Helsinki Press Release: Jewish Believers in Jesus

Jewish believers in Jesus is a broader category than Messianic Jews. The former category includes all Jewish people in churches, in Messianic Jewish synagogues, and even unaffiliated who profess faith in and allegiance to Jesus.

Throughout history since the time of Yeshua, there have not failed to be Jewish believers in Jesus. What is new about Messianic Judaism is not the idea of Jewish people turning in faith to the Messiah of Israel, but to do so as even more than self-identifying Jews, but as participants in Judaism, recognizing that in coming to faith in Yeshua, it is not necessary to leave Judaism and join another religion called Christianity. The ultimate arc of Messianic Judaism is faithfulness to Torah and connectedness to Jewish tradition, which is where, at last, many of us have been arriving during the past decade.

But there are far more Jewish believers in Jesus (the broader category) than Messianic Jews (the narrower category). In fact, to compare the numbers (theoretically, since no one has actual numbers) is to realize Messianic Judaism is not merely outnumbered, but dwarfed by the swell of Jewish believers in Jesus.

Helsinki Consultation on Jewish Continuity in the Body of Messiah
MJTI’s president, Mark Kinzer, is in Helsinki now with David Rudolph, an assistant professor of Bible and theology at MJTI and a group of fifteen scholars from a variety of denominations: Lutheran, Catholic, Orthodox, Messianic Jewish, and more.

This body of scholars has issued a press release. The full text will be posted later today on

They deliberated for several days and settled on a few points of agreement. I will summarize some points here in my own words and then quote a bit of the press release. The purpose of my summary is to highlight some meaningful resolutions from this diverse group of Jewish believers in Jesus:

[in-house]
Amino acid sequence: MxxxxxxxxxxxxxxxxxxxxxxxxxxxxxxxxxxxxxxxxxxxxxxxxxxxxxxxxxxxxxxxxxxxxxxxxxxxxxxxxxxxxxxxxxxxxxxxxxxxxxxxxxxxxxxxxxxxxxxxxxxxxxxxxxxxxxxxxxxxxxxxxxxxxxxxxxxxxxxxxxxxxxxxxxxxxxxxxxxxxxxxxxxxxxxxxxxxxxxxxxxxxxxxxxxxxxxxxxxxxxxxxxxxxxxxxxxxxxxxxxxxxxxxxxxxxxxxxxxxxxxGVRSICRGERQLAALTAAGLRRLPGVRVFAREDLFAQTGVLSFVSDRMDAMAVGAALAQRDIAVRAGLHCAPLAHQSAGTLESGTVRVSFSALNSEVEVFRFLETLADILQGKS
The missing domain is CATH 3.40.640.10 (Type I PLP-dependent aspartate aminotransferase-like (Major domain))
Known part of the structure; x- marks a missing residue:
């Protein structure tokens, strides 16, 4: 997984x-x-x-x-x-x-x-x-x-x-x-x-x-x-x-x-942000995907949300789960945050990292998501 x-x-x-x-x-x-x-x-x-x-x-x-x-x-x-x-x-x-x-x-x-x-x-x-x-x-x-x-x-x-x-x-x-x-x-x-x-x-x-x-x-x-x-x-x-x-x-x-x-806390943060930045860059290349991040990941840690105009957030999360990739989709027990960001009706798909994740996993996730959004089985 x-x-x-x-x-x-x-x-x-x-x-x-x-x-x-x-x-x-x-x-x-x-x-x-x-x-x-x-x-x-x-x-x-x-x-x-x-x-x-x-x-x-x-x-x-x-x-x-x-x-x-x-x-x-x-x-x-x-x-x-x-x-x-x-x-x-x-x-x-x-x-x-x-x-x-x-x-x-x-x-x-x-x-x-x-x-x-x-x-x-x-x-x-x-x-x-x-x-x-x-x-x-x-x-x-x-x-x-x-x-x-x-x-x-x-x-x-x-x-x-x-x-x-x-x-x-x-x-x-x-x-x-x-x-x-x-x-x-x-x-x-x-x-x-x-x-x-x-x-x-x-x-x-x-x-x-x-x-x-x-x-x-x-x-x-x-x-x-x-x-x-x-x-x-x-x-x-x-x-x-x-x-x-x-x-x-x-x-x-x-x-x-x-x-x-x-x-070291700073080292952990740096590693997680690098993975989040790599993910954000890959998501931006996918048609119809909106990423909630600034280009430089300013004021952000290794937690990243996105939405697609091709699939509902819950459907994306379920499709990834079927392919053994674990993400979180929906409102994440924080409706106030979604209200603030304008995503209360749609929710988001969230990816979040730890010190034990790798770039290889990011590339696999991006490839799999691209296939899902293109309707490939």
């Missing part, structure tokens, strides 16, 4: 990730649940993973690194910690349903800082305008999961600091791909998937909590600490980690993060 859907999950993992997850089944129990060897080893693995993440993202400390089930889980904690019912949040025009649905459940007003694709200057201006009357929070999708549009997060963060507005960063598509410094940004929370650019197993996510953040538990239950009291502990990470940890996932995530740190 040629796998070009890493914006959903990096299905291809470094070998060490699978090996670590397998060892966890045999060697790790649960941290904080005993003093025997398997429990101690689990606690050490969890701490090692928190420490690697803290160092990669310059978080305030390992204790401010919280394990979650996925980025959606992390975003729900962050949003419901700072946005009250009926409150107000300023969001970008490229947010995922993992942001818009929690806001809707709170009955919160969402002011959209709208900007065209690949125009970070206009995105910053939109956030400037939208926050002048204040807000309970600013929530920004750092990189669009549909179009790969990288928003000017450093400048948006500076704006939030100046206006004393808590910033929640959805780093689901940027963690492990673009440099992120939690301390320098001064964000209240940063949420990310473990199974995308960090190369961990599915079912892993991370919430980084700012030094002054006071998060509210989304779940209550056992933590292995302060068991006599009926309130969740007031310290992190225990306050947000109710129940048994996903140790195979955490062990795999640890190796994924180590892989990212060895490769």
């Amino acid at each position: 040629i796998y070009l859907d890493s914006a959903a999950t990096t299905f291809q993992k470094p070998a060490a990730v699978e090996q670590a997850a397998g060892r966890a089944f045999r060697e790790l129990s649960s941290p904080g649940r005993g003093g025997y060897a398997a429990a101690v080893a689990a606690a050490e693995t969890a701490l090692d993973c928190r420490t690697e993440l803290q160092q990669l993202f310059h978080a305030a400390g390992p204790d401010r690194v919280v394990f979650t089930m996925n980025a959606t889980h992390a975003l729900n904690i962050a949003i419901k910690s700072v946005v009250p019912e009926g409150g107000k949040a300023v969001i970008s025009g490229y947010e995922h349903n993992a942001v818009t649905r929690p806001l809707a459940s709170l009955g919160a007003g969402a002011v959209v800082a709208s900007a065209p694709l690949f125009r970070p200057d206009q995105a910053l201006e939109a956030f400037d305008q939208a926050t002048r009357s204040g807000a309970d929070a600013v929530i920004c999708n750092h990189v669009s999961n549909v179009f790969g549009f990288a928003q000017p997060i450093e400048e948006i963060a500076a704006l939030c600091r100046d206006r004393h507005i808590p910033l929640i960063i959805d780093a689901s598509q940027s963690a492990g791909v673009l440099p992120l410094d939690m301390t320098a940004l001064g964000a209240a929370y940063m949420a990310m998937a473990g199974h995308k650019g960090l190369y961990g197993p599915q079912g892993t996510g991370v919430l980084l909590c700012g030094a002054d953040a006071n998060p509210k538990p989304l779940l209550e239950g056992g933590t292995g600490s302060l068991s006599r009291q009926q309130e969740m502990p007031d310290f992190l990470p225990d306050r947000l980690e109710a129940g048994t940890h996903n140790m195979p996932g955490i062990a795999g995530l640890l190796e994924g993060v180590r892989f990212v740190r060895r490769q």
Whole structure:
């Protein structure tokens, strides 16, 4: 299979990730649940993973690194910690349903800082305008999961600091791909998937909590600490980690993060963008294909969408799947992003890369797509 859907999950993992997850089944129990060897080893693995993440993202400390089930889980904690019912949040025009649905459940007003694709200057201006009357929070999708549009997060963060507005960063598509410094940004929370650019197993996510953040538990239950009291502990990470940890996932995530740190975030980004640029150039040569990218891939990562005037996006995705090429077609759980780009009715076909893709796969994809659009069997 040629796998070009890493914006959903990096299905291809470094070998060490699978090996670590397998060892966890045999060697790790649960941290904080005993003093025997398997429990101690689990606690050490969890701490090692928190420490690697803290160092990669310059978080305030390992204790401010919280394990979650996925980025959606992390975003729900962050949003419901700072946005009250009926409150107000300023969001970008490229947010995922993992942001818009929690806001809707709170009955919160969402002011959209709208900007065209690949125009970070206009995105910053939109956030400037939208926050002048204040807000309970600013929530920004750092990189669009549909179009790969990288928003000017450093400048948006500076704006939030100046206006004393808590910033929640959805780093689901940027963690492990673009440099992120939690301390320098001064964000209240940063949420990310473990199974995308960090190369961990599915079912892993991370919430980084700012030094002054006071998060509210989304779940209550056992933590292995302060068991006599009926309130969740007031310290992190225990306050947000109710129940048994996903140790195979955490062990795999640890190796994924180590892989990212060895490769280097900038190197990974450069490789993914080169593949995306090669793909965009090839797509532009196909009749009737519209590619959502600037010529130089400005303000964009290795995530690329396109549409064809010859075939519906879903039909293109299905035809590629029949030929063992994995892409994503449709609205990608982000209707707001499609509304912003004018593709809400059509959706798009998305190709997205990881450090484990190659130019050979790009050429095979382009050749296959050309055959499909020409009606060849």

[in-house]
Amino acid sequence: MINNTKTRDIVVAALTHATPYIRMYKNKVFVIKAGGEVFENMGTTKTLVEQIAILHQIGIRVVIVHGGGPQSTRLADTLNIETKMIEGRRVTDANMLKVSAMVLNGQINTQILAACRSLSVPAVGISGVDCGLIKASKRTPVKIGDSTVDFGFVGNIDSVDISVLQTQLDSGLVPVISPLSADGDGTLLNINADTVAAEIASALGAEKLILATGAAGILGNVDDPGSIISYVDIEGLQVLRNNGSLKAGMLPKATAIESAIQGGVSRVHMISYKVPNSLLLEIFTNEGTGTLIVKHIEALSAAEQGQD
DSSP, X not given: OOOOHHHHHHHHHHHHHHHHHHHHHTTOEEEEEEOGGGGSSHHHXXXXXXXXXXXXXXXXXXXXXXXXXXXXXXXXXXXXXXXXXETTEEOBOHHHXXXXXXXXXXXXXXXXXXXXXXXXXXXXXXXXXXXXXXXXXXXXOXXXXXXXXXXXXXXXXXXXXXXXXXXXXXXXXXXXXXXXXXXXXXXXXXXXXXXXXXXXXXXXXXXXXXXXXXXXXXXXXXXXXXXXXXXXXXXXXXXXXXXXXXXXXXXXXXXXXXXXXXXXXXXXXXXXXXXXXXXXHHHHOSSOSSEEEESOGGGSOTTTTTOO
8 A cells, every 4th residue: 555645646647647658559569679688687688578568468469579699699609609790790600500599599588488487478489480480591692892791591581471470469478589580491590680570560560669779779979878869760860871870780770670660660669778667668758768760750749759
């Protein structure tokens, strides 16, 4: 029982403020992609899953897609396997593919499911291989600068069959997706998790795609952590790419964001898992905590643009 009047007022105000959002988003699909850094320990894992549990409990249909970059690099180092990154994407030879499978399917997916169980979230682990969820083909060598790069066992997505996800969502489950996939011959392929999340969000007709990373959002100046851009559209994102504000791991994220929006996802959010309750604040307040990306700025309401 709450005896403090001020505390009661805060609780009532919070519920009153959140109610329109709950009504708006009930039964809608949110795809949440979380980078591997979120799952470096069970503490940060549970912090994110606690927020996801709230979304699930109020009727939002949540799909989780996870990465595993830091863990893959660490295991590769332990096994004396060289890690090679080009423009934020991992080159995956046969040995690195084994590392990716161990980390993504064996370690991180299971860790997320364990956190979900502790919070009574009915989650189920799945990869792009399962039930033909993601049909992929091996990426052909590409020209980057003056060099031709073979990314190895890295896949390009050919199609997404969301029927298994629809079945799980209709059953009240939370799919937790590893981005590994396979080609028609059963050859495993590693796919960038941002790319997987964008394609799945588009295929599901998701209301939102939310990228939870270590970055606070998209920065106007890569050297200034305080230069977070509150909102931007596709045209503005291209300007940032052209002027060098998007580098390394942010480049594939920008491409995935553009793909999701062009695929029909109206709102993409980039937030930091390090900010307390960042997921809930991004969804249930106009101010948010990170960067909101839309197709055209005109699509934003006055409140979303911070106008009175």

–They do not believe their Jewish identity is something forfeited by means of turning in faith to Jesus (Yeshua).

–They do not believe that their Jewish identity is something forfeited by means of membership in Christian denominations (for the ones who have joined with Christian denominations).

–They do believe their Jewish identity serves a purpose in the healing of humanity in Messiah (Christ) as the divide between Israel and the nations (Jews and Gentiles) is to be healed in the work of Messiah.

–They do believe that as Jews, not having surrendered their identities either through joining Christian denominations or in forming Messianic Jewish synagogues, there is a “distinctive” calling for Jewish believers in Jesus in terms of lifestyle.

They did not say that observance of Torah and tradition was exactly what they meant by this “distinctive” calling. I can only hope that this is the trajectory they are considering.

The papers delivered at the conference will be published in November/December in Kesher: A Journal of Messianic Judaism (

Excerpts from the Press Release
The full press release will be posted later today on For now, here are a few excerpts as well as a complete list of participants:

The first ecumenical conference of Jewish believers in Jesus in modern times met in Helsinki, Finland June 14-15, 2010 to affirm their Jewish identity, their faith in Jesus and their desire for unity.

Catholic, Orthodox, Protestant and Messianic scholars – all of them Jewish – met to discuss the global growth of Jewish believers in Jesus in a conference jointly organized by Messianic Jewish Theological Institute (MJTI) and the Helsinki Studium Catholicum. They issued a statement affirming the significance of Jewish continuity in the Church, as an ongoing link between its historic beginnings, its present life, and its future hope.